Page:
Predicted depth to carbonates 100 to 170 cm
Fuzzy vs. Crisp Soil Maps Imagine a heap of sand… The Heap Paradox from 4 th Century BCE, more than 2,000 years ago posed a problem that can be addressed by fuzzy logic Take away 1 sand grain. Is it still a heap? Take away 1 more and keep doing it. When is it not a heap? And what is it? Is it a pile, a mound? How many grains of sand does a mound have, a pile, a heap?
Heap of Sand vs. Pile of Sand How many grains of sand do you need to remove from a heap to get a pile? How many grains of sand do you need to add to make your pile of sand into a heap?
Fuzzy vs. Crisp Soil Maps Fuzzy logic says that when you keep taking grains of sand away eventually you move from definitely heap, to mostly heap, partly heap, slightly heap, and not heap. You can express heapness with values from 0 to 1, with 1 being a perfect example of a heap and 0 being nothing at all like a heap. How can we define a heap? It is a similar question to how can we define a mapping unit. You can set rules like a perfect heap is 2 tons or more of sand and not heap is less than ½ a ton of sand. You might also want an upper limit to where you say that after a certain amount it becomes more of a dune or mountain than a heap. You can then set a mathematical curve for expressing the decline in heapness as a function of the removal of sand grains.
Black is Brookston in the map below Orange is soil very different from Brookston. Here we can express Brookston as values between 1 and 0 A given spot might have a 0.7 Brookston membership value As we move up in elevation that membership value may decrease to 0.5, 0.3, 0.1, and 0 when we know we won’t find Brookston Black is Brookston in the map below Brown is a different soil, but similar to Brookston. Orange is very different from Brookston and dark green is fairly different. As we move away from Brookston in geographic space we cross a threshold and suddenly we are in a different soil. There is an abrupt conceptual change from one soil to another. Crisp vs. Fuzzy Soil Maps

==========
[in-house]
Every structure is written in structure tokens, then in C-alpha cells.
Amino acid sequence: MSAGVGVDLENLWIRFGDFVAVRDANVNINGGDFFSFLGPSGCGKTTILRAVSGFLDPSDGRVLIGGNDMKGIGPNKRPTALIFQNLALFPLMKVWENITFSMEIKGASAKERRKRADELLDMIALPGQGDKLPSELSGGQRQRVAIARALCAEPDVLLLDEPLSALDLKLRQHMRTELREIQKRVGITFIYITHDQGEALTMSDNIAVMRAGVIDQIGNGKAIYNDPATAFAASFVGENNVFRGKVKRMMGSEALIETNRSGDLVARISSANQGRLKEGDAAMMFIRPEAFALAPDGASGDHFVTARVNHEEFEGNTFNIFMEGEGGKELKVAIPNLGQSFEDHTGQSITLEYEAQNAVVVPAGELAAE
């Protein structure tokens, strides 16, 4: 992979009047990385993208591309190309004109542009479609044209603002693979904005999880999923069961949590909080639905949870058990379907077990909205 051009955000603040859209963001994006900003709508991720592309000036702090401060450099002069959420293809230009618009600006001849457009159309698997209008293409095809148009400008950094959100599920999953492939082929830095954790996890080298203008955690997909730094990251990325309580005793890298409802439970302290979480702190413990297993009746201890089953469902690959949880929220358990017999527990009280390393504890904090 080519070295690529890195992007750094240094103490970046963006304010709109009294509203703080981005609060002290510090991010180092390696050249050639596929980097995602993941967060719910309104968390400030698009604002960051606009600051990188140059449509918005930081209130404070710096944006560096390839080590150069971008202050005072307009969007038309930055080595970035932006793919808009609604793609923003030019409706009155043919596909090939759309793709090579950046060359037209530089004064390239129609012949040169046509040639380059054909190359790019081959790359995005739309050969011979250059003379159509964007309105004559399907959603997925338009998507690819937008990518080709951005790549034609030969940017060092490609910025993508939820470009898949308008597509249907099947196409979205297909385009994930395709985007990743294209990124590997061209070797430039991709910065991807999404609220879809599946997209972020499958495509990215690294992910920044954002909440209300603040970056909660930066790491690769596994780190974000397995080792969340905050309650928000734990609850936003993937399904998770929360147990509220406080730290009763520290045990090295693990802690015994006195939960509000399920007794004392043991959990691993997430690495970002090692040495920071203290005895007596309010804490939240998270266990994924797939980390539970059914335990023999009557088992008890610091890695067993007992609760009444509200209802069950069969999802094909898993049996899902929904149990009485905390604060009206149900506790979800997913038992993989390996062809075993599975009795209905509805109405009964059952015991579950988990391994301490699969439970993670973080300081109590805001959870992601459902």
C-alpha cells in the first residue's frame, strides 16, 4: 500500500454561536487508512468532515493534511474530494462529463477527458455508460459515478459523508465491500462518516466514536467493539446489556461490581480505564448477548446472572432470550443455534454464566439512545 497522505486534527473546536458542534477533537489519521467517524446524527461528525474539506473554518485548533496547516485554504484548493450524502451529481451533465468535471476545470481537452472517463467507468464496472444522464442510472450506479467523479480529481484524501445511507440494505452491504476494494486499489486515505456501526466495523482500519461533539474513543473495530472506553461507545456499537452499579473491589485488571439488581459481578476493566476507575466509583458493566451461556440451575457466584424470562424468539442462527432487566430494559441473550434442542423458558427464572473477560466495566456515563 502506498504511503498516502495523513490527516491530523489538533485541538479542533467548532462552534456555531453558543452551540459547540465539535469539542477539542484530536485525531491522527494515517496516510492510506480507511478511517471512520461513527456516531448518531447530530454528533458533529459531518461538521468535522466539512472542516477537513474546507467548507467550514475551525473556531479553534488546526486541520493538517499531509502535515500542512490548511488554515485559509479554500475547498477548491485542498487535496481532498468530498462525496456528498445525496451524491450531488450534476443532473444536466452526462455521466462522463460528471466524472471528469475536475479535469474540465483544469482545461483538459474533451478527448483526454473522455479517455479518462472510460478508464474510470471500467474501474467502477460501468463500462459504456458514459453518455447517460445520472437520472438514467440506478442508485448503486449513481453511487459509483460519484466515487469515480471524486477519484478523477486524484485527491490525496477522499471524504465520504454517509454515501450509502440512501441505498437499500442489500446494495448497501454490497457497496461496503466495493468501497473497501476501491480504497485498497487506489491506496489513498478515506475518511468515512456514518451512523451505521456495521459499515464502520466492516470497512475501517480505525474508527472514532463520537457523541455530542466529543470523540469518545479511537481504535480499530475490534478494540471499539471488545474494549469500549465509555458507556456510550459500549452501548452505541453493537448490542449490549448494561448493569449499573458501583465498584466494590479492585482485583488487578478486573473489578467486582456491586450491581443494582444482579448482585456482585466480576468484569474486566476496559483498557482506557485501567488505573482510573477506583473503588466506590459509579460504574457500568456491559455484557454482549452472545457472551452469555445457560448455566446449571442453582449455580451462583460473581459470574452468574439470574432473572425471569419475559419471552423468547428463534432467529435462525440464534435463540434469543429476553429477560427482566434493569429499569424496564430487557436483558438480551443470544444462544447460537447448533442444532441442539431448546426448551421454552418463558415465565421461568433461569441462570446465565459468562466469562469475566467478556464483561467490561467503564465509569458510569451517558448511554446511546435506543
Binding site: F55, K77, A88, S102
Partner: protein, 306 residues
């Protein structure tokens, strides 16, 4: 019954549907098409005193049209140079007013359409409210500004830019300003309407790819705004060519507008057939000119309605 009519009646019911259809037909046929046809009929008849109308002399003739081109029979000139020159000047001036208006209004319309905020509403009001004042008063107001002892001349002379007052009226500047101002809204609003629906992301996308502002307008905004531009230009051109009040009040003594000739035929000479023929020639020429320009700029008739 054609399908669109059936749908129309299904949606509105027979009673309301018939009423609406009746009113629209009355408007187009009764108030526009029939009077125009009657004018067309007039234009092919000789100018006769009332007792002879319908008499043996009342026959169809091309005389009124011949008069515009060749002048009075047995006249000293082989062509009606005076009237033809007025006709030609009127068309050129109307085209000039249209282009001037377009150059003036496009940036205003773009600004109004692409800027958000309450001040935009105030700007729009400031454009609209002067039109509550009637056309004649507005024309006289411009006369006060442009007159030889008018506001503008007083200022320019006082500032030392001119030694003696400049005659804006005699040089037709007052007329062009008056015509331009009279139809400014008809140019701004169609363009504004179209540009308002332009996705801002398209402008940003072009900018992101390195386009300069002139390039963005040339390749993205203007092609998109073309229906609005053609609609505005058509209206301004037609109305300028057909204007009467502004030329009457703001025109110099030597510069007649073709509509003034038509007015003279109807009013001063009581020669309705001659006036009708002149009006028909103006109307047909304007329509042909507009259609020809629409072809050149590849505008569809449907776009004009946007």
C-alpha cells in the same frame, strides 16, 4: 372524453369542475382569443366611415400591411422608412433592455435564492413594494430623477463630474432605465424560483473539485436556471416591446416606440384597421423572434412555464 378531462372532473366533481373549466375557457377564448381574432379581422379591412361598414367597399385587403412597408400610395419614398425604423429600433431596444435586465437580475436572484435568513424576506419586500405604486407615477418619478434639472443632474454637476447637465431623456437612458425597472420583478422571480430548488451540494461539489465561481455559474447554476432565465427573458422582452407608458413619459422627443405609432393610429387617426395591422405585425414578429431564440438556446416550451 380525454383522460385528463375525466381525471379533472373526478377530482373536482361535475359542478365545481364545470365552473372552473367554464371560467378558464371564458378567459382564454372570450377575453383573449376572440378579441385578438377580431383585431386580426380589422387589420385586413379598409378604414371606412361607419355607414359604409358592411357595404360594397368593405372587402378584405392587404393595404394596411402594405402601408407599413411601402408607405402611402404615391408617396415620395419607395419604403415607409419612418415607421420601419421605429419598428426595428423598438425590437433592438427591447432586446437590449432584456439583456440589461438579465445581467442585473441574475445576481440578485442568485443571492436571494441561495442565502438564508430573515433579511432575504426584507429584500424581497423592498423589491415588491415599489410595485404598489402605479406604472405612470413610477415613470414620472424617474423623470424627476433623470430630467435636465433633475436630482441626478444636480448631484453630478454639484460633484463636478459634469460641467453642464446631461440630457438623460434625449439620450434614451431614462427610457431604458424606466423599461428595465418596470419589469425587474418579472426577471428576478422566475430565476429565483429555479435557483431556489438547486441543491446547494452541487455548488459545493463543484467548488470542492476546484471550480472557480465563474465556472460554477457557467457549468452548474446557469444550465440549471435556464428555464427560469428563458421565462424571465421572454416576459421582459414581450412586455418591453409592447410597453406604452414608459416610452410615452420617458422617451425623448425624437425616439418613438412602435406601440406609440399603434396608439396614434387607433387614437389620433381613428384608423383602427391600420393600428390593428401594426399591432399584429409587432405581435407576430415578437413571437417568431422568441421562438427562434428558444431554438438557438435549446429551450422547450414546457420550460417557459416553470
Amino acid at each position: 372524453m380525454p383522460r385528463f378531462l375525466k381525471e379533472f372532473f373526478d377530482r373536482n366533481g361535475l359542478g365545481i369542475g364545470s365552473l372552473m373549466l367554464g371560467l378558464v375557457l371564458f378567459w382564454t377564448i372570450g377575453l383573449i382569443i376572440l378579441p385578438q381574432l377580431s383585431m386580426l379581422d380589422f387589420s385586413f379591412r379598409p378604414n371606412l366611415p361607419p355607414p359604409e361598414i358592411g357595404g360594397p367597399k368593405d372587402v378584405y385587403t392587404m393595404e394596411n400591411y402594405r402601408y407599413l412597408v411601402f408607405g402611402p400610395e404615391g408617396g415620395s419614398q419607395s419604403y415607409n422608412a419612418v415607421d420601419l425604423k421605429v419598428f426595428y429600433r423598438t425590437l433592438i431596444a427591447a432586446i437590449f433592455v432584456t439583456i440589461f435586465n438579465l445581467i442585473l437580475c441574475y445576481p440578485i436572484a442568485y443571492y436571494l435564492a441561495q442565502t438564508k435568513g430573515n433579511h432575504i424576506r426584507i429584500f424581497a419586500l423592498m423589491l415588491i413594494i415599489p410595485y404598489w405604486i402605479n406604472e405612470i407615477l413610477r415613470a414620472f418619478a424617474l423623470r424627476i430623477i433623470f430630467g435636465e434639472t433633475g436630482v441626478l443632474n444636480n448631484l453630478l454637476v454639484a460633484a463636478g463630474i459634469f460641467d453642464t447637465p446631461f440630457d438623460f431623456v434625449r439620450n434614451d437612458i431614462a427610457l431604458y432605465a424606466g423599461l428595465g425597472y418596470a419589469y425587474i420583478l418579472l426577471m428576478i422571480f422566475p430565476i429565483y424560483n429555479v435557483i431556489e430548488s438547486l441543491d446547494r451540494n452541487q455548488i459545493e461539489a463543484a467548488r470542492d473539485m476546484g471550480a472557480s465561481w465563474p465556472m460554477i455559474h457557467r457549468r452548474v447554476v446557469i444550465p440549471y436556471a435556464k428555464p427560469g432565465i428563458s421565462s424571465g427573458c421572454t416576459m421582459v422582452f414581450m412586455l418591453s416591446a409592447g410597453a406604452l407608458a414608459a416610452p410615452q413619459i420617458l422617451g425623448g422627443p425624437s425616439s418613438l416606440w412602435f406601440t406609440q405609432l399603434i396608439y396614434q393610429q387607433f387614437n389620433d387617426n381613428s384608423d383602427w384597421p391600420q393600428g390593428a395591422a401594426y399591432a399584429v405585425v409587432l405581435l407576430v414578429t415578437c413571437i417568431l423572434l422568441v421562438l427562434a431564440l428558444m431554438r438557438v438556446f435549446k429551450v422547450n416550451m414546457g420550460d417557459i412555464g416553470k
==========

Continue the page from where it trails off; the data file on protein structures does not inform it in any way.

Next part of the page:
Brief History Of Digital Soil Mapping : publications of pioneer works 2003: Digital Soil Mapping as a body of soil science 2004: 1 st International workshop on Digital Soil Mapping. Workshops: Rio (2006), Logan (2008), Rome (2010), Sydney (2012) 2009: GlobalSoilMap.net
SoLIM in the US SoLIM “soil landscape inference model” was developed at the University of Wisconsin by A-Xing Zhu and Jim Burt (late 90’s) Knowledge based inference model, fuzzy logic, rule based reasoning. What does that mean? There were Soil Survey pilot projects in Wisconsin and the Smoky Mountains
Challenges in Conducting Soil Survey S <= f ( E ) Soil-Landscape Model Building Photo Interpretation Manual Delineation Polygon Maps The Polygon-based Model The Manual Mapping Process Knowledge Documentation (Slide from Zhu)
Spatial Distribution Similarity Maps Inference (under fuzzy logic) Perceived as S <= f ( E ) Relationships between Soil and Its Environment Cl, Pm, Og, Tp G.I.S. Local Experts’ ExpertiseArtificial Neural Network Data Mining Case-Based Reasoning (Zhu., 1997, Geoderma; Zhu, 2000, Water Resources Research) Overcoming the Manual Mapping Process
Valton Lamoile Elbaville Dorerton Churchtown Greenridge Urne Norden Gaphill Rockbluff Boone Elevasil Hixton Council Kickapoo Orion
The Speed of Soil Survey Using SoLIM The product is already in digital form, no need to digitize it A total of 500,499 acres since May 2001 over 526 person days, about 950 acres per person per day Overall Currently the speed of manual mapping (including Compilation and digitization) is about acres per person per day (Slide from Zhu)